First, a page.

The truth is it’s hard to make a good living at photography, so I have a day job, a profession I’ve been in for the last 20 years, and that is what provides my main income. Photography is a hobby. In recent years it’s actually begun to pay for itself, which is nice, but it’s not my goal to turn this into my primary work.
So what is your day job?
I’m a computer network engineer, so I manage the computer network for an insurance company that’s based here in San Francisco.
All of your prints are for sale – do you have any best sellers?
The photo that has been very popular in the last few months is the one that I took in August of the fog creeping over a ridge in Marin County [main image, page 90]. It ended up being picked up on social media and going viral. In particular it’s been very popular with people who live in that area, who live in the fog all summer long. They are
happy to finally have a beautiful representation of it from above!
I should also mention that one other source of income for me from my photography is licensing. That’s actually made me more money than selling prints has. I work with Getty images, and a particularly popular image is a shot of Venice with this gondolier in front of one of the big churches [called When in Venice – see link below]. That’s really popular on the licensing side.
What’s the best piece of advice you’d pass on to someone who is just starting out?
There’s a combination of things that helped me out. For me, getting online and interacting with photographers helped. Initially it was with Flickr, more recently it’s been through Instagram, but definitely interacting with other people, getting their feedback, getting some inspiration from them, learning about new locations and techniques boosted my photography a lot. So interact with people online and in real life! Going to photo meet-ups is great. I’ve got in with this group of people who I shoot with regularly because they were big on Google+ and I met them through there.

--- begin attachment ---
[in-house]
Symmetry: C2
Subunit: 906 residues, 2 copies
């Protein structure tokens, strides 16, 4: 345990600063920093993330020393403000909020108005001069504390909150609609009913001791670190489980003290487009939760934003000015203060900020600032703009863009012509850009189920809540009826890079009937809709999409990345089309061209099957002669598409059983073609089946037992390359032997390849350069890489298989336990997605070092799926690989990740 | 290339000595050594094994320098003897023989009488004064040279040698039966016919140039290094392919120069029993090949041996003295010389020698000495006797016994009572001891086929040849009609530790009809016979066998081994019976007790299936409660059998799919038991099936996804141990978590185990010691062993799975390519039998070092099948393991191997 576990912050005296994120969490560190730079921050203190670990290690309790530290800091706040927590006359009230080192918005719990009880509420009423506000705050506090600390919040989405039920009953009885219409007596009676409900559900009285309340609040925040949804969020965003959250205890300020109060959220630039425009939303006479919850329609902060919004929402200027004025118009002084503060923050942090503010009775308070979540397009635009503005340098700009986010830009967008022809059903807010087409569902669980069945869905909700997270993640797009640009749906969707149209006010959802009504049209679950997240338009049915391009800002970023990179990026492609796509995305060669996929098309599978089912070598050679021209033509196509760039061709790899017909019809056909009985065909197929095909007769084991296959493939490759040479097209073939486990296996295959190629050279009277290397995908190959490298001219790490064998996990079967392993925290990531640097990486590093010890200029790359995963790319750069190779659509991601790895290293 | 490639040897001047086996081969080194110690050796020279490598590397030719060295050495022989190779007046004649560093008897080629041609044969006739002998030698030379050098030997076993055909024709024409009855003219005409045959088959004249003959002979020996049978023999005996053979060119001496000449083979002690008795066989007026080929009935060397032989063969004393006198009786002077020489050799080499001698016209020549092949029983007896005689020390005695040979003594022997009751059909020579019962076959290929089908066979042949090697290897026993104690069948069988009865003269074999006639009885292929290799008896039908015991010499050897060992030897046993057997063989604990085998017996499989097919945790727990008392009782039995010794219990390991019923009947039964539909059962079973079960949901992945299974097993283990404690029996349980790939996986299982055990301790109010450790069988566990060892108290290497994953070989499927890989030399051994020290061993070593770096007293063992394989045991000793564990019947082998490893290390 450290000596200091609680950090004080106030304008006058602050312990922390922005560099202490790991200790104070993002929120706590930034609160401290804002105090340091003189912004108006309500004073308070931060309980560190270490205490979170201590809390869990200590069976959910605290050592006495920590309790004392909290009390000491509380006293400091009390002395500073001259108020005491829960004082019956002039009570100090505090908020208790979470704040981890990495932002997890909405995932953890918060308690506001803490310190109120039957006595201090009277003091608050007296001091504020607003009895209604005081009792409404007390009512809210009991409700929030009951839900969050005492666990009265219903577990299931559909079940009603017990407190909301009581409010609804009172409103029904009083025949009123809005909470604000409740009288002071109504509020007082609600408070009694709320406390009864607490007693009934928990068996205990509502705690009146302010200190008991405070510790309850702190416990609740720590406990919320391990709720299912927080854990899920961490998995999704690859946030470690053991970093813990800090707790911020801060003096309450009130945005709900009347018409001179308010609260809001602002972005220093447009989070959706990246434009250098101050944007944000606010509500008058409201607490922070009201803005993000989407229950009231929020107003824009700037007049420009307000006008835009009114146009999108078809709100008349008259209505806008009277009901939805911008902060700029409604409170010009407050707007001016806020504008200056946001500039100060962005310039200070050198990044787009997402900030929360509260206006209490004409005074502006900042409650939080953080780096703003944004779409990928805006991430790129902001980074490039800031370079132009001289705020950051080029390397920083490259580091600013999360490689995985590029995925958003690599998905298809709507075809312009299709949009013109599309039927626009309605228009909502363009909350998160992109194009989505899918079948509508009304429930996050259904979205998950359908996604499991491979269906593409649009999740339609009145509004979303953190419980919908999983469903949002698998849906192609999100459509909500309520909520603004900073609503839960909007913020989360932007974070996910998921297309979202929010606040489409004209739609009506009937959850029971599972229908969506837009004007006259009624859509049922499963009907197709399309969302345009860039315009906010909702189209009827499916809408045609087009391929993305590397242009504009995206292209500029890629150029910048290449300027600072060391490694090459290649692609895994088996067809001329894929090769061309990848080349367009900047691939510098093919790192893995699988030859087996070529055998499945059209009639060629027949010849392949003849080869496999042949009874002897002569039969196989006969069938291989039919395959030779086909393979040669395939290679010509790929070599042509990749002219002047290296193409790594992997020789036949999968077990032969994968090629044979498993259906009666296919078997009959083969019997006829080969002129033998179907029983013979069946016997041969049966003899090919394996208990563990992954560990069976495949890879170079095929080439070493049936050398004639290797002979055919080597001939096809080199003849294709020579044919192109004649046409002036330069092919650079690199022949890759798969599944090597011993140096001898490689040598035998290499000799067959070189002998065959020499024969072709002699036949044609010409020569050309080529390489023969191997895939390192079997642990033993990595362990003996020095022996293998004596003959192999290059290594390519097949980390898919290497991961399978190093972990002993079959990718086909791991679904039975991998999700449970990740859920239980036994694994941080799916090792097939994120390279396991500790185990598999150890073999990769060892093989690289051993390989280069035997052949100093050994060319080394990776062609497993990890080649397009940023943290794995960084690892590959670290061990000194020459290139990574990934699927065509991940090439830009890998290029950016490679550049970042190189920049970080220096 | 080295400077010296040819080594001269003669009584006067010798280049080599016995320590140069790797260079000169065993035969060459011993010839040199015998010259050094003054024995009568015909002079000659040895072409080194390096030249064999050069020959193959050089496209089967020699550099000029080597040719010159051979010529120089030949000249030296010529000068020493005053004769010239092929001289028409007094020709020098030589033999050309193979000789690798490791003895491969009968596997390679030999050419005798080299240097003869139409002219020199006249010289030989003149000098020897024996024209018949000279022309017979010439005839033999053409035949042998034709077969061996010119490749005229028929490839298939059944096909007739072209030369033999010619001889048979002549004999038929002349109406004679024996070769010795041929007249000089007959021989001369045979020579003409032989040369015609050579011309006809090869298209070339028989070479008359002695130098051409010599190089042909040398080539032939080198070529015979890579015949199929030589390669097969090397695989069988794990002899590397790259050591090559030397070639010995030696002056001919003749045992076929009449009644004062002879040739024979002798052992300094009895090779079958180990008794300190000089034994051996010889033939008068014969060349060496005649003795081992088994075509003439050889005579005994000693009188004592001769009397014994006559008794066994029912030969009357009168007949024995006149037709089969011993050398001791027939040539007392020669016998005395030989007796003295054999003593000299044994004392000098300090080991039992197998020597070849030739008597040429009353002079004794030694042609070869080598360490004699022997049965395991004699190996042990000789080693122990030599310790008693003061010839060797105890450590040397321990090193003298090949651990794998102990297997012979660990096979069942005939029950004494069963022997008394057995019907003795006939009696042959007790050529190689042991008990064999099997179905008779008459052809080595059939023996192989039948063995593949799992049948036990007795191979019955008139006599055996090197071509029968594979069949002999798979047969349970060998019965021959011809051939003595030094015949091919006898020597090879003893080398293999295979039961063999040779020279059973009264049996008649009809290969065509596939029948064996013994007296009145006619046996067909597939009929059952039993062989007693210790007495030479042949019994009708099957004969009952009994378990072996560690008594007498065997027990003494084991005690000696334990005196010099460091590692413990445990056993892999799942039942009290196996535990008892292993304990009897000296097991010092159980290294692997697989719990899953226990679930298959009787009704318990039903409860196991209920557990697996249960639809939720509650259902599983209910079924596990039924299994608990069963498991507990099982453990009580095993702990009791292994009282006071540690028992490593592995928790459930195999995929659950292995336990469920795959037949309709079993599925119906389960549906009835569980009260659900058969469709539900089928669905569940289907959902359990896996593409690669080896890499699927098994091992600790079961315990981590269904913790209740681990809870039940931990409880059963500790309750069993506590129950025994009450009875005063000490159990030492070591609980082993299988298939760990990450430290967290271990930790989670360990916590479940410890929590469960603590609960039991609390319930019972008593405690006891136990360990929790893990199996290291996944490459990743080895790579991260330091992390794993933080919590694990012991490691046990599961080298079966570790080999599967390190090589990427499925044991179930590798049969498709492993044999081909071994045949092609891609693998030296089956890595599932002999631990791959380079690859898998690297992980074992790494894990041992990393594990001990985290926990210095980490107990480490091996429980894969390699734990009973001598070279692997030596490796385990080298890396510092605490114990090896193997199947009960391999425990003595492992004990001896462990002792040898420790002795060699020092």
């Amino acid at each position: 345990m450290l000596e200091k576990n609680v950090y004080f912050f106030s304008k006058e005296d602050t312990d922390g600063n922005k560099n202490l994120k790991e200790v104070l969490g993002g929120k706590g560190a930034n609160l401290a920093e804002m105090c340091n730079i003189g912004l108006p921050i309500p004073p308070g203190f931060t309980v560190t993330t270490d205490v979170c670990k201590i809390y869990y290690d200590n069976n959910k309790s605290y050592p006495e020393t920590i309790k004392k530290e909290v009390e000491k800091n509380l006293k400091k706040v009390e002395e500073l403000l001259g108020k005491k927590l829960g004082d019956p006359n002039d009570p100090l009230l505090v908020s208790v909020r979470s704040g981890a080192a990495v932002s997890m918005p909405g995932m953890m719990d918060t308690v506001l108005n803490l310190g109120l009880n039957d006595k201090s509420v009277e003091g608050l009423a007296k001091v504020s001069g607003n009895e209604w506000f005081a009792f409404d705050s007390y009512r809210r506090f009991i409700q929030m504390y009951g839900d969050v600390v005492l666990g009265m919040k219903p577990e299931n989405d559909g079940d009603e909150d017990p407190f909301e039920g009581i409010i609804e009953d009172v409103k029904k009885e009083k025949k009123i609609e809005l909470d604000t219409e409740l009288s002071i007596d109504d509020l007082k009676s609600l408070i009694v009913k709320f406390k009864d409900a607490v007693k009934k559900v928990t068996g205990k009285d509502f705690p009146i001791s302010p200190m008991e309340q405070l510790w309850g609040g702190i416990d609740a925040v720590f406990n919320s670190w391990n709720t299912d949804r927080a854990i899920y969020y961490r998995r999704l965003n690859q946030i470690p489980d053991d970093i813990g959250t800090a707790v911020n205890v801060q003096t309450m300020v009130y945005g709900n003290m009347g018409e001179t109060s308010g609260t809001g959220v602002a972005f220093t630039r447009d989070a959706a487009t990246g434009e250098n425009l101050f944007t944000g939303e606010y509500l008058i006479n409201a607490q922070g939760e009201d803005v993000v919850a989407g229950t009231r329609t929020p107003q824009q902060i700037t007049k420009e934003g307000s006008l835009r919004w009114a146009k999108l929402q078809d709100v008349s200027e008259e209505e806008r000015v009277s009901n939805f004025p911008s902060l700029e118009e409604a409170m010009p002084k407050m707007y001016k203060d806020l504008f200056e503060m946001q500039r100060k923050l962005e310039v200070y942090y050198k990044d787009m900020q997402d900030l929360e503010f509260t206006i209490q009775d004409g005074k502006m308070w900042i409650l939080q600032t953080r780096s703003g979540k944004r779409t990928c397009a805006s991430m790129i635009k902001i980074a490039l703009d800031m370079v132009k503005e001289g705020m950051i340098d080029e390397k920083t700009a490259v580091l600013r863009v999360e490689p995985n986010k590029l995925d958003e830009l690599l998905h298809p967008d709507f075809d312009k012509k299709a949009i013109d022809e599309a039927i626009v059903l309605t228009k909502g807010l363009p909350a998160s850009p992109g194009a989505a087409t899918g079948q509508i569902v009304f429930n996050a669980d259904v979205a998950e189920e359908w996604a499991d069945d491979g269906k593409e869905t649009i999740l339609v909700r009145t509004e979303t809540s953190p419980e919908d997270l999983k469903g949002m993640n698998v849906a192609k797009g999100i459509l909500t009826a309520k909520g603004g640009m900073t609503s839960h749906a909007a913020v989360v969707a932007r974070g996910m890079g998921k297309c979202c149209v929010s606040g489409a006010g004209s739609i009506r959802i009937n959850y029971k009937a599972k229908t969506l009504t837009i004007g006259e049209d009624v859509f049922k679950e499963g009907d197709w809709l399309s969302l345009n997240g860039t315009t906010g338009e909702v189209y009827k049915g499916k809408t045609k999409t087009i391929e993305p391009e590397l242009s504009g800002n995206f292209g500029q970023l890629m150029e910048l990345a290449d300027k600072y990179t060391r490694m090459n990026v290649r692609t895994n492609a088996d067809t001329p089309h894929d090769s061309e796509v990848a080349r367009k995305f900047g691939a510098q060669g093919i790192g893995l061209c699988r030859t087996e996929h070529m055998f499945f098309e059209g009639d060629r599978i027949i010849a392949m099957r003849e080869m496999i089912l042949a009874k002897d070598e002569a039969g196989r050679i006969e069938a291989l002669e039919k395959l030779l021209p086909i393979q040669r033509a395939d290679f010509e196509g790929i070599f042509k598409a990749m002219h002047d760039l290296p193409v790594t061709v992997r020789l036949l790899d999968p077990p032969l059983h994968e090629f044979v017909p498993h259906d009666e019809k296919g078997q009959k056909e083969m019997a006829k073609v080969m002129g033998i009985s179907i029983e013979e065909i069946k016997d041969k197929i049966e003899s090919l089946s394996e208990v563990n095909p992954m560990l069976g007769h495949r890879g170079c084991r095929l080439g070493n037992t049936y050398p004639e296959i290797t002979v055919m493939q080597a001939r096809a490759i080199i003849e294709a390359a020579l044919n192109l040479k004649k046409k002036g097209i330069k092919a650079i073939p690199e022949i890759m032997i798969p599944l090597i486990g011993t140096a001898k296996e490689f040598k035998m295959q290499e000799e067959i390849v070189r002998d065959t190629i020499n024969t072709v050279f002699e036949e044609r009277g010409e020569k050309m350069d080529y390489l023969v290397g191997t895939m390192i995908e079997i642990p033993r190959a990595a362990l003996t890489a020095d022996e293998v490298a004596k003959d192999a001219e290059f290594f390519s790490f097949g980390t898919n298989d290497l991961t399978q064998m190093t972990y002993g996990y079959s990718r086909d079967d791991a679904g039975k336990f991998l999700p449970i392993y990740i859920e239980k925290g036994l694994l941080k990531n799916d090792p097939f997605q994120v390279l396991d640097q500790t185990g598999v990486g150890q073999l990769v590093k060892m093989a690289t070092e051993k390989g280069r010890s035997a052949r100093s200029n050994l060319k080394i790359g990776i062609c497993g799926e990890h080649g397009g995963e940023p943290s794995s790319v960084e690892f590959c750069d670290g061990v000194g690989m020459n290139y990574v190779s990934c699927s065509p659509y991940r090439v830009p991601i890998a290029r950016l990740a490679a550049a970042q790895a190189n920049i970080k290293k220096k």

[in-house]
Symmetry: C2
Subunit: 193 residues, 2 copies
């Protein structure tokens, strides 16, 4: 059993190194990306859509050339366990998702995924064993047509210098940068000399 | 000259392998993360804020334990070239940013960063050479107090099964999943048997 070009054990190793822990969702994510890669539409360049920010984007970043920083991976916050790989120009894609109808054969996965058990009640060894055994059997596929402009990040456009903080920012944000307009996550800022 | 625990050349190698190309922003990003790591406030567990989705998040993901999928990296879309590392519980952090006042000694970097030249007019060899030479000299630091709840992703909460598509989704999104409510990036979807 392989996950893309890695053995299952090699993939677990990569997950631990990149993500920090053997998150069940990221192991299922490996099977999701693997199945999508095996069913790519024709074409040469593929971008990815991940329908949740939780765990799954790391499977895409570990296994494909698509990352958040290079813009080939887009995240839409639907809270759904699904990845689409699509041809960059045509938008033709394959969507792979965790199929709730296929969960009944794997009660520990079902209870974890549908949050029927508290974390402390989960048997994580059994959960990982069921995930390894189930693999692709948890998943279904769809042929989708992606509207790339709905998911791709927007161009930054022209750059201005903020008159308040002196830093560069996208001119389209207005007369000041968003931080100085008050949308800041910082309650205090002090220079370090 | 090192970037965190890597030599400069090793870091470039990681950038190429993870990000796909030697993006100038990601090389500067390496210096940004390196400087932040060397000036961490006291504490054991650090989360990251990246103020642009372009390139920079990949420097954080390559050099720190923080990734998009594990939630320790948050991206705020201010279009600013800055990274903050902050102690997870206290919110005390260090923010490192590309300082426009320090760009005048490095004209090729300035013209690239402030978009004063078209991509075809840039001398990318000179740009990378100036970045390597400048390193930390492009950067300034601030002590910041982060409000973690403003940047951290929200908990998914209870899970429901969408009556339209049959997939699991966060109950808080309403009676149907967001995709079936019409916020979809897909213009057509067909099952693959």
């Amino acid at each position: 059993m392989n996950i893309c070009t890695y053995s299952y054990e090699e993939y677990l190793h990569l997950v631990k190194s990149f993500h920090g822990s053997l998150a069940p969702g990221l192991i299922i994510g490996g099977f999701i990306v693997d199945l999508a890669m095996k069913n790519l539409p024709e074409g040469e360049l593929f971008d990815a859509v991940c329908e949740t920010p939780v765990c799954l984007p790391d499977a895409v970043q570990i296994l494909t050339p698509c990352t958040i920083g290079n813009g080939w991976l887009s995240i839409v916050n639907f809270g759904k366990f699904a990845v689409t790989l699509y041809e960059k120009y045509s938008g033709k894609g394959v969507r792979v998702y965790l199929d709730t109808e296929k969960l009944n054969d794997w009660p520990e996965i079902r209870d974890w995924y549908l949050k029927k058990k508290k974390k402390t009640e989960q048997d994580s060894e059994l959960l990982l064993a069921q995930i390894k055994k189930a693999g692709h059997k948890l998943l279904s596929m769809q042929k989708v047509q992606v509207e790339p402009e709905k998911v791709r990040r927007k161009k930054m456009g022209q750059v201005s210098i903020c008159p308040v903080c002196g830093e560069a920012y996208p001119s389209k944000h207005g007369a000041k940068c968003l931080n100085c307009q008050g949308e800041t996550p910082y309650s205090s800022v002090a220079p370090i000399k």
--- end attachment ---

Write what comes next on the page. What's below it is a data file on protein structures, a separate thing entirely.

Also, get educated. There are a lot of tutorials online and in magazines for learning different shooting and editing techniques. Attending in-person workshops is great too. You’re standing there with someone who is very familiar with the area and they’re probably more skilled than you are and you get some great knowledge and experience through that.
swirl tide, Malibu, California, USA Nikon D800, Nikon 24-70mm f/2.8, 0.4 secs, f/10, ISO 50
Sizzle, Woodside, California, USA Nikon D800, Nikon 70-200mm f/2.8, 61 secs, f/5.6, ISO 50
Aurora Swirlealis, Hamnøya, Norway Nikon D800, Nikon 14-24mm f/2.8, 30 secs, f/5.6, ISO 400
heksehatt, Lofoten Islands, Norway Nikon D800, Nikon 14-24mm f/2.8, 131 secs, f/11, ISO 400